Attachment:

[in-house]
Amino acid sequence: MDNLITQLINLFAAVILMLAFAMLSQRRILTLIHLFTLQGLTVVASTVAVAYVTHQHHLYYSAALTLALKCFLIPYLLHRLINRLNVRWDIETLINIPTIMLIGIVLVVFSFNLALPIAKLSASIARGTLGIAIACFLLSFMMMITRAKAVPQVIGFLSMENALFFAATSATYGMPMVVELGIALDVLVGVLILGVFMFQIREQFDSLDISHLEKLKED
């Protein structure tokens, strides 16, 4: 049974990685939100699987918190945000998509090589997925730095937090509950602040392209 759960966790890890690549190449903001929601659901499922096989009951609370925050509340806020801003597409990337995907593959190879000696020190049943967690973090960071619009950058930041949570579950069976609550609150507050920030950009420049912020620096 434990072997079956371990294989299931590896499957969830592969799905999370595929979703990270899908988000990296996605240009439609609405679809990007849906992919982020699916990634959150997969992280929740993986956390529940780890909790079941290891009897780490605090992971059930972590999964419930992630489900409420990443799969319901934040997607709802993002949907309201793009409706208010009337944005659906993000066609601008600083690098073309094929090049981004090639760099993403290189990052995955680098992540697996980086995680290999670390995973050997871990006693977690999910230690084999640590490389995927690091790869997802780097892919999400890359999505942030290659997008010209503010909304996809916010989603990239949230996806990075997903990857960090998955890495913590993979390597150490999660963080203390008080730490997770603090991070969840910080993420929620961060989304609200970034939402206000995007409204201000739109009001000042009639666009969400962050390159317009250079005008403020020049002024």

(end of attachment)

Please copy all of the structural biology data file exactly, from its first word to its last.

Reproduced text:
[in-house]
Amino acid sequence: MDNLITQLINLFAAVILMLAFAMLSQRRILTLIHLFTLQGLTVVASTVAVAYVTHQHHLYYSAALTLALKCFLIPYLLHRLINRLNVRWDIETLINIPTIMLIGIVLVVFSFNLALPIAKLSASIARGTLGIAIACFLLSFMMMITRAKAVPQVIGFLSMENALFFAATSATYGMPMVVELGIALDVLVGVLILGVFMFQIREQFDSLDISHLEKLKED
């Protein structure tokens, strides 16, 4: 049974990685939100699987918190945000998509090589997925730095937090509950602040392209 759960966790890890690549190449903001929601659901499922096989009951609370925050509340806020801003597409990337995907593959190879000696020190049943967690973090960071619009950058930041949570579950069976609550609150507050920030950009420049912020620096 434990072997079956371990294989299931590896499957969830592969799905999370595929979703990270899908988000990296996605240009439609609405679809990007849906992919982020699916990634959150997969992280929740993986956390529940780890909790079941290891009897780490605090992971059930972590999964419930992630489900409420990443799969319901934040997607709802993002949907309201793009409706208010009337944005659906993000066609601008600083690098073309094929090049981004090639760099993403290189990052995955680098992540697996980086995680290999670390995973050997871990006693977690999910230690084999640590490389995927690091790869997802780097892919999400890359999505942030290659997008010209503010909304996809916010989603990239949230996806990075997903990857960090998955890495913590993979390597150490999660963080203390008080730490997770603090991070969840910080993420929620961060989304609200970034939402206000995007409204201000739109009001000042009639666009969400962050390159317009250079005008403020020049002024």